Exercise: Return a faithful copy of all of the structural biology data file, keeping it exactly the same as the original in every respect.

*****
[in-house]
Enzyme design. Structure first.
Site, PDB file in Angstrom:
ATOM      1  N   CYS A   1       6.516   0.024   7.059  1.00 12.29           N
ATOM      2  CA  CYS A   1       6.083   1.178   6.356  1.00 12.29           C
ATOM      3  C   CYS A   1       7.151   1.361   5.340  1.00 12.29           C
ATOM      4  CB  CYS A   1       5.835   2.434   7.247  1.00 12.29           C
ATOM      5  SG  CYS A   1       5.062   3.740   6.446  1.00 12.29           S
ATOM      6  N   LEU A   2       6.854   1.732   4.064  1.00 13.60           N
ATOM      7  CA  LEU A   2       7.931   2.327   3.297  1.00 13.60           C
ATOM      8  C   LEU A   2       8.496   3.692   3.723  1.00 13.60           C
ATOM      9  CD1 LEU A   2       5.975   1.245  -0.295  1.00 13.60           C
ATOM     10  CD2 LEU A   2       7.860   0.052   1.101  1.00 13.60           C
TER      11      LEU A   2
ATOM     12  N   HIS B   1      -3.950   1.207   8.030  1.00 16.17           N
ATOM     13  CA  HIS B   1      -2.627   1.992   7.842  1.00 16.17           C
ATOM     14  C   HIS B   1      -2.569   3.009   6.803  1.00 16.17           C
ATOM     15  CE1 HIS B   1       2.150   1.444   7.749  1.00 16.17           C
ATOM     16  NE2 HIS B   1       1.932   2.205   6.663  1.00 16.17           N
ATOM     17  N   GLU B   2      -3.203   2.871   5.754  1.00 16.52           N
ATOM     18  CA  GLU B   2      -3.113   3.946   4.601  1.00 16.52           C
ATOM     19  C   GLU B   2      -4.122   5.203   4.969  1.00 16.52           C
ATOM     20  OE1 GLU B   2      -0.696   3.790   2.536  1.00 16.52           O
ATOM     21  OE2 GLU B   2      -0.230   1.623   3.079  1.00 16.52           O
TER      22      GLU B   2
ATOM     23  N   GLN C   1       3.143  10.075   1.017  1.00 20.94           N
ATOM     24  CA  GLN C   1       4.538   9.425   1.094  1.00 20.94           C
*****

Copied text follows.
[in-house]
Enzyme design. Structure first.
Site, PDB file in Angstrom:
ATOM      1  N   CYS A   1       6.516   0.024   7.059  1.00 12.29           N
ATOM      2  CA  CYS A   1       6.083   1.178   6.356  1.00 12.29           C
ATOM      3  C   CYS A   1       7.151   1.361   5.340  1.00 12.29           C
ATOM      4  CB  CYS A   1       5.835   2.434   7.247  1.00 12.29           C
ATOM      5  SG  CYS A   1       5.062   3.740   6.446  1.00 12.29           S
ATOM      6  N   LEU A   2       6.854   1.732   4.064  1.00 13.60           N
ATOM      7  CA  LEU A   2       7.931   2.327   3.297  1.00 13.60           C
ATOM      8  C   LEU A   2       8.496   3.692   3.723  1.00 13.60           C
ATOM      9  CD1 LEU A   2       5.975   1.245  -0.295  1.00 13.60           C
ATOM     10  CD2 LEU A   2       7.860   0.052   1.101  1.00 13.60           C
TER      11      LEU A   2
ATOM     12  N   HIS B   1      -3.950   1.207   8.030  1.00 16.17           N
ATOM     13  CA  HIS B   1      -2.627   1.992   7.842  1.00 16.17           C
ATOM     14  C   HIS B   1      -2.569   3.009   6.803  1.00 16.17           C
ATOM     15  CE1 HIS B   1       2.150   1.444   7.749  1.00 16.17           C
ATOM     16  NE2 HIS B   1       1.932   2.205   6.663  1.00 16.17           N
ATOM     17  N   GLU B   2      -3.203   2.871   5.754  1.00 16.52           N
ATOM     18  CA  GLU B   2      -3.113   3.946   4.601  1.00 16.52           C
ATOM     19  C   GLU B   2      -4.122   5.203   4.969  1.00 16.52           C
ATOM     20  OE1 GLU B   2      -0.696   3.790   2.536  1.00 16.52           O
ATOM     21  OE2 GLU B   2      -0.230   1.623   3.079  1.00 16.52           O
TER      22      GLU B   2
ATOM     23  N   GLN C   1       3.143  10.075   1.017  1.00 20.94           N
ATOM     24  CA  GLN C   1       4.538   9.425   1.094  1.00 20.94           C